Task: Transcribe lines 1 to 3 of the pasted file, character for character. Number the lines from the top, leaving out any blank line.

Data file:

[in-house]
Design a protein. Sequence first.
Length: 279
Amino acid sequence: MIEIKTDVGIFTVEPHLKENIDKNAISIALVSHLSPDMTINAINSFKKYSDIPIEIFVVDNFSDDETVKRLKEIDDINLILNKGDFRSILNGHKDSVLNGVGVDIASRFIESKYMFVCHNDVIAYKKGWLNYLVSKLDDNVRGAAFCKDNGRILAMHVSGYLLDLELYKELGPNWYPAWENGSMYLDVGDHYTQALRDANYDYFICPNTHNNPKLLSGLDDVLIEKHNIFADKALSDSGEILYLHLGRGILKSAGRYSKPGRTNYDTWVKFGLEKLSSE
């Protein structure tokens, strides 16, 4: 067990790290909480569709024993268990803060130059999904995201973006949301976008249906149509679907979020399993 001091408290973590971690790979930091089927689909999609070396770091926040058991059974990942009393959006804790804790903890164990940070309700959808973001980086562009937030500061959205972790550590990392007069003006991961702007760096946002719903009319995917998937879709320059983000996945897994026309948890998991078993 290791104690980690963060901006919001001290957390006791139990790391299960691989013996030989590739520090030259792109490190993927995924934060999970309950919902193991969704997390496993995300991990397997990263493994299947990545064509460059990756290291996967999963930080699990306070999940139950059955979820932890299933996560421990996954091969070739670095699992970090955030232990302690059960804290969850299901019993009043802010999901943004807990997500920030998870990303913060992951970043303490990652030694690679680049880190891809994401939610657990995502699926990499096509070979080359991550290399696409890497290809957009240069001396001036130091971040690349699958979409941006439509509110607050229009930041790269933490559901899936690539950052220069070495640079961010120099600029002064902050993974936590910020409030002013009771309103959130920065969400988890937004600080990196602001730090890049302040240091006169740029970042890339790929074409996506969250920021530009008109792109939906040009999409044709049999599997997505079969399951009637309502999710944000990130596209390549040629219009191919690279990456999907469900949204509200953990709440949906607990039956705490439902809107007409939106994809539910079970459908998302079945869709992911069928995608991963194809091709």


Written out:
[in-house]
Design a protein. Sequence first.
Length: 279